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THE YEAR OF THE PIG

The Chinese zodiac has 2023 down as the Year of the Rabbit. Here at Danny’s Table, however, it’s the YEAR OF THE PIG!

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In the recent essay PRIME RIB DEMYSTIFIED, we examined the high rent district of the beef market– Wagyu, prime, dry-aged, et. al. But fabulous beef is also fabulously expensive. The good news is that three breeds of wonderful pork are now available. And interestingly, the purveyors of all three of these breeds sometimes refer to them as “the Wagyu (or Kobe) of pork.”


Remember when pork was suddenly “the OTHER white meat?” That was an ad campaign begun in 1987 to persuade people to consider pork as an alternative to poultry rather than in the same category as beef. By then, coincidentally or not, the American pork industry had settled on a breed of pig– the Yorkshire– that lent itself nicely to large-scale farming. While they were at it, they were also striving to produce ever-leaner and paler (and accordingly flavorless) meat, perhaps in response to Big Food’s efforts to blame heart disease and all manner of other ills on fat rather than sugar and other carbs.


The result of all this is supermarket pork flesh that is pale pink and practically flavorless without added seasonings. And because it is so lean, it easily dries out when roasted. Fortunately for those of us who appreciate great flavor and aren’t afraid of a little fat in our diets, there are several lesser-known breeds of pork coming to market, including Kurobuta/Berkshire, Iberico, and Mangalitsa. The meat of all three is redder and deliciously fattier than supermarket Yorkshire. All three cook up easily– long and slow for thick pieces, hot and fast for small pieces. Either way, just get them to 145ºF in the middle and stop right there.


Two small, black pigs with half pink noses standing next to each other, attentively looking at the camera.
KUROBUTA, a.k.a. BERKSHIRE (or BLACK)

Kurobuta is the most widely available of the fancy breeds of pork. You won’t see it in many stores, but you can order it from many of our online usual suspects– D’Artagnan, Holy Grail, and Snake River Farms have you well covered. Be mindful of minimum orders and shipping rates, and keep a sharp eye out for sales and discounts.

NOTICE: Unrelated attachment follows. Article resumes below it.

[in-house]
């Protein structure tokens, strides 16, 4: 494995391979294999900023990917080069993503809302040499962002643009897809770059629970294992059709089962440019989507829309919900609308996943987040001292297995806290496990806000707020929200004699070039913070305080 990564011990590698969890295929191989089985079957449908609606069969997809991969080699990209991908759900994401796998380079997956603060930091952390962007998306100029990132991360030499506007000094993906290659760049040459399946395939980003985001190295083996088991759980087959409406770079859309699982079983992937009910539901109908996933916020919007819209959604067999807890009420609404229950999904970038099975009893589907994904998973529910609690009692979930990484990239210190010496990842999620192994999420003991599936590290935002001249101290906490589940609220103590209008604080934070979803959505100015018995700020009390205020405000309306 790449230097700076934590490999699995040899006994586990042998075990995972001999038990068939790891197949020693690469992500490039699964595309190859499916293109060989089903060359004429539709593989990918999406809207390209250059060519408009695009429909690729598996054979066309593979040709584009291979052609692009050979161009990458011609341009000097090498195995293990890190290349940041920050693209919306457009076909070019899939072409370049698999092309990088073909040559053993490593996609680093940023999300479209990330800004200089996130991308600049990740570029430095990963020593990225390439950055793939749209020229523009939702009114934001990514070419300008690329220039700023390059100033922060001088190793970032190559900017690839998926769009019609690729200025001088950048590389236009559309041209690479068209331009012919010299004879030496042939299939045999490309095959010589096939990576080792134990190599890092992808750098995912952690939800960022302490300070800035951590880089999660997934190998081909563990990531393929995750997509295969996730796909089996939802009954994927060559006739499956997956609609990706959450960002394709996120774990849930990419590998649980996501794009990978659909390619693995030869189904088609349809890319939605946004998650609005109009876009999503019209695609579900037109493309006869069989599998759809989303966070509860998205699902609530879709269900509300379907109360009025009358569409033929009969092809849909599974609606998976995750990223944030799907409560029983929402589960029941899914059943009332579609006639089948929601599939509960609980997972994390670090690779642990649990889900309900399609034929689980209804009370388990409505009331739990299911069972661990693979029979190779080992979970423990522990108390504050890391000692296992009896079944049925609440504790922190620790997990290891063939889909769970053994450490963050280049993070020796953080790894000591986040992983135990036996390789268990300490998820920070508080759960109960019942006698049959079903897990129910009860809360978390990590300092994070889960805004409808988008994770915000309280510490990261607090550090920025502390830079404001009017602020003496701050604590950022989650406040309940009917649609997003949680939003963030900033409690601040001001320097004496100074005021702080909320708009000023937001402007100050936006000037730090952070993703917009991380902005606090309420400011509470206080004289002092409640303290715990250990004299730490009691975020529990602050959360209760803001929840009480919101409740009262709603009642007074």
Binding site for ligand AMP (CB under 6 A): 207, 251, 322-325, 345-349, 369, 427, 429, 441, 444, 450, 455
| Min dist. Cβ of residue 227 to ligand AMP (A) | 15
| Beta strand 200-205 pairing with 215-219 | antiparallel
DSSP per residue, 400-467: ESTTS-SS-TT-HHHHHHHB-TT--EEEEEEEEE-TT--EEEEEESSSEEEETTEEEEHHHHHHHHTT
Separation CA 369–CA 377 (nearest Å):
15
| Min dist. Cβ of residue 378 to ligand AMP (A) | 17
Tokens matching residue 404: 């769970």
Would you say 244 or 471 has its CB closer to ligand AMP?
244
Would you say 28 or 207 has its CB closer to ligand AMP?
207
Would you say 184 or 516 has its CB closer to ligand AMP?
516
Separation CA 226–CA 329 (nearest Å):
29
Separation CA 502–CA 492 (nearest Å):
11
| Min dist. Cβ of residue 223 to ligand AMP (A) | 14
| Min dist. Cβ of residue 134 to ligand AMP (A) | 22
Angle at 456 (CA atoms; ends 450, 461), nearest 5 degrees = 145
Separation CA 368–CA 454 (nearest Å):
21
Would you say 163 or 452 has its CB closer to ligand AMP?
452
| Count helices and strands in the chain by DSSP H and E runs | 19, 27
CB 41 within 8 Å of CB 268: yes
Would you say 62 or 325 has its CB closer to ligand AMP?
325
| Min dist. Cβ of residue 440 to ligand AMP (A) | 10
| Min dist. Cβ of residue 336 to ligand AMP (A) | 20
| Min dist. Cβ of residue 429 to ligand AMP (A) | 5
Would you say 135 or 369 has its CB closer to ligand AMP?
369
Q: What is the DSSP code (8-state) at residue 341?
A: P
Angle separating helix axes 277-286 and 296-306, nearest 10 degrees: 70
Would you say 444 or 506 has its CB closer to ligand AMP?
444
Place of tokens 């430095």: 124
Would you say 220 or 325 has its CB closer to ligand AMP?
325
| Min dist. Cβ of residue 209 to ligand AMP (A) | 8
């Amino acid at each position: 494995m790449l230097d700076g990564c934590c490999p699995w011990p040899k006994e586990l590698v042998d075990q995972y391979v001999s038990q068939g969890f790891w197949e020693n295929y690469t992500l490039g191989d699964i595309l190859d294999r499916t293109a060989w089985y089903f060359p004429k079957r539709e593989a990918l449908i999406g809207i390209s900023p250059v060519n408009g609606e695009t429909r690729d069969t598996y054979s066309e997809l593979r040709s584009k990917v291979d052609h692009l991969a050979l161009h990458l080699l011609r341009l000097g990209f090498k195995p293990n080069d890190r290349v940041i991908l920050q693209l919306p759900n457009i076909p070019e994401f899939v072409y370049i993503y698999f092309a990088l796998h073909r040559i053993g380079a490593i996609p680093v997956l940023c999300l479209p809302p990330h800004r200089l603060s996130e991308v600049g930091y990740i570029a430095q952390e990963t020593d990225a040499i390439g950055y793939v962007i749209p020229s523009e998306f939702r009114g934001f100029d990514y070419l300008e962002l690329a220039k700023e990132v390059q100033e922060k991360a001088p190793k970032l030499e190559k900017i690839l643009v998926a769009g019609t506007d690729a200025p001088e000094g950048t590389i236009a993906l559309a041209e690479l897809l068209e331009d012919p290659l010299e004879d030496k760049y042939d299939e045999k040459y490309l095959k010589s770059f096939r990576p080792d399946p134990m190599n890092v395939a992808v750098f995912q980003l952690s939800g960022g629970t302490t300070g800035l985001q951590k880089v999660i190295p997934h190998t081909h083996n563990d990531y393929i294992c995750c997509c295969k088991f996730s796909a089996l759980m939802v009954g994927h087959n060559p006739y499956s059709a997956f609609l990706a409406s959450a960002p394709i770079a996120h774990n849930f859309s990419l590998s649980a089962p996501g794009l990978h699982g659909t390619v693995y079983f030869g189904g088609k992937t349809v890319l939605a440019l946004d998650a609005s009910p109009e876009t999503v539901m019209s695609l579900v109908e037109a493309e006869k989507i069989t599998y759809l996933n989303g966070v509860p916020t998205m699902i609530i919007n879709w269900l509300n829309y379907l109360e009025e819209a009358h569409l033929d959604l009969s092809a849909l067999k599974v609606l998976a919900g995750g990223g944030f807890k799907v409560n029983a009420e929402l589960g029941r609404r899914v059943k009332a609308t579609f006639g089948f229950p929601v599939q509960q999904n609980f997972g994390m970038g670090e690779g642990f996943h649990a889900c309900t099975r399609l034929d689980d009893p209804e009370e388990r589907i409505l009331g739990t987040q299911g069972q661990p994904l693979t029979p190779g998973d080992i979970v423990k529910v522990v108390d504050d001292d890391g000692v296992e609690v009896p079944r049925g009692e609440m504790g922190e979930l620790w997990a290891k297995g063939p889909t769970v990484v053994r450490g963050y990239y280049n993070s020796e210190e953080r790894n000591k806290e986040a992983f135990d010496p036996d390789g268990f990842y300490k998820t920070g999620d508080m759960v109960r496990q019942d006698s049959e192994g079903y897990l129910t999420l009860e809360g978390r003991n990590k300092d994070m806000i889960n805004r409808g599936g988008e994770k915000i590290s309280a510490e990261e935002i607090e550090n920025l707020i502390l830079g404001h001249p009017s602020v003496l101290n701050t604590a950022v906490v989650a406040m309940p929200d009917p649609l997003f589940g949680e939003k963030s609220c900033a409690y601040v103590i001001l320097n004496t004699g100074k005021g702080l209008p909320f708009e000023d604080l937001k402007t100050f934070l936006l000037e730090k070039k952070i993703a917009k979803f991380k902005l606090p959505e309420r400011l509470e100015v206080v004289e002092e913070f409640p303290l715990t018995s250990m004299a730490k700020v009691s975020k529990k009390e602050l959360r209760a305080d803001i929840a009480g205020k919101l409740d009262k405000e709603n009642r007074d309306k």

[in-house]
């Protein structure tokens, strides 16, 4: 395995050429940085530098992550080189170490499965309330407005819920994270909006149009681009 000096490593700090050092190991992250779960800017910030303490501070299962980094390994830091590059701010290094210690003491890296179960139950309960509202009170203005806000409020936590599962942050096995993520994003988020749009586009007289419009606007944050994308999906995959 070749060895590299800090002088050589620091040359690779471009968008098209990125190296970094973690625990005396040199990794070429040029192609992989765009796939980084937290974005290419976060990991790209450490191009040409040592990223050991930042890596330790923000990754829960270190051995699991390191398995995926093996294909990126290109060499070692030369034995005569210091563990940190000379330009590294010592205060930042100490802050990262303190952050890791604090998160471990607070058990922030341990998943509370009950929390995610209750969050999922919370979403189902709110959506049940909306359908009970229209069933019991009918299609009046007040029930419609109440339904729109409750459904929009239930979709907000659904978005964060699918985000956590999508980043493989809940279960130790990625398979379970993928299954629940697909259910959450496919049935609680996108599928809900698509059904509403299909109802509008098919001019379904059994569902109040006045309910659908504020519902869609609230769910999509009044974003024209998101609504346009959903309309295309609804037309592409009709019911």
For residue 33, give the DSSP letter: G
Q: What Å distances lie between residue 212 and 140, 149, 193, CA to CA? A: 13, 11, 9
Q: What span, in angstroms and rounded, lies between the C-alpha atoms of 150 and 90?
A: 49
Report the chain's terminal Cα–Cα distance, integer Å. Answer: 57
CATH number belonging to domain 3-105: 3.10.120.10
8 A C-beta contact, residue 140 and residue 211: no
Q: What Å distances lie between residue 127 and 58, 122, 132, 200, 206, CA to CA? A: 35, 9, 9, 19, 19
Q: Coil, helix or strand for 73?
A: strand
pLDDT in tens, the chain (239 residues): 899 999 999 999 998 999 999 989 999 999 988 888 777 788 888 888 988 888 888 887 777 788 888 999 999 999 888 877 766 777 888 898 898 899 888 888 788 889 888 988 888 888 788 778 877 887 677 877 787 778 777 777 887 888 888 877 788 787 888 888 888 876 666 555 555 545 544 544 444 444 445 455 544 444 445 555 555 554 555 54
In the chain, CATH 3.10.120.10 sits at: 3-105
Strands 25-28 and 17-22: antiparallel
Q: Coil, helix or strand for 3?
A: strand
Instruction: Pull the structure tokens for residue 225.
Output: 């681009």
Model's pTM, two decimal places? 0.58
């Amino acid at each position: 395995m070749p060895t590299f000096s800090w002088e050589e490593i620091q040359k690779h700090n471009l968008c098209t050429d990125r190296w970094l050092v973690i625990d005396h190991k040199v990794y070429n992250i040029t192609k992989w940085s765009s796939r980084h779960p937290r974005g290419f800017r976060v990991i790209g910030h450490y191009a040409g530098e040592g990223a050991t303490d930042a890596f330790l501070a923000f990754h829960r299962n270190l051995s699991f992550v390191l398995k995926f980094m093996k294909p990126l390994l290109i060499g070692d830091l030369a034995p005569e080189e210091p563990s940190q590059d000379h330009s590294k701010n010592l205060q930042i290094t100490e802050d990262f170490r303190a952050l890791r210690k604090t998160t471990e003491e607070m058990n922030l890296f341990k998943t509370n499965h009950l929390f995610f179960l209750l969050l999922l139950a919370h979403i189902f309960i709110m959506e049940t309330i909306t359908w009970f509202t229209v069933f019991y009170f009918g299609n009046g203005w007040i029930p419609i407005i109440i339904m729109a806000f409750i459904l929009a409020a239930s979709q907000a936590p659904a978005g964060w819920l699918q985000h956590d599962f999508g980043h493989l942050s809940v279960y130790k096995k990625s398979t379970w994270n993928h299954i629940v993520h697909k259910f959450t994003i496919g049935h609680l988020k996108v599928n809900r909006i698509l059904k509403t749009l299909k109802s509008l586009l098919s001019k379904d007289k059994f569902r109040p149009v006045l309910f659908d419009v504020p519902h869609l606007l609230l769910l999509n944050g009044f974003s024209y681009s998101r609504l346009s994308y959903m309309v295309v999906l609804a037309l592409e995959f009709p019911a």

A large, gray pig standing in lush, green grass with other similar pigs visible in the background.
IBERICO

Just as goose legs and breasts are sometimes a by-product of foie gras production, Iberico pork loin comes from pigs primarily farmed for their wonderful and expensive hams. As the name implies, Iberico comes from the Iberian peninsula, i.e., Spain and Portugal. Compared to Kurobuta, availability is quite slim for Iberico pork; I recently scored a pair of racks from Meat N’ Bone, a Miami company that seems to have made a commitment to carrying Iberico. (It is hard to find elsewhere.) My first test piece– the smaller of the two racks– was so juicy and flavorful that I ate the whole thing myself. (There wasn't a whole lot of meat on it, but still…)


Side profile of a small pig, snout to the ground, with short legs and reddish-brown hair covering its face and body.
MANGALITSA

Another pig raised for ham, the Mangalitsa pork breed comes from Hungary. Its flesh is as red as some beef I’ve seen. So far, this is at least as hard to find as Iberico, and most of my google search hits were either small farms that don’t ship very far, or small farms that sell live Iberico piglets to other farmers. Holy Grail has occasional availability of loin roasts, and they recently came through for me with a pair. Of the three breeds discussed here, Mangalitsa might be the one most worth watching. If you don’t find it right away, keep checking from time to time.


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Just a final note– the roast-able loin pieces (bone-in or boneless) from these three breeds are expensive, and justifiably so. However, if you are making what I would call a “value-added” pork dish like BBQ spare ribs or a smoked shoulder for pulling, you might want to save your money and seek high-quality standard-issue (i.e., Yorkshire) pork from high-quality farms. The same reasoning applies, I think, to bacon. Our friends at Porter Road pride themselves on high-quality and ethical sourcing of their pork as well as their beef, and this is where I buy most of the pork that is destined for my smoker.

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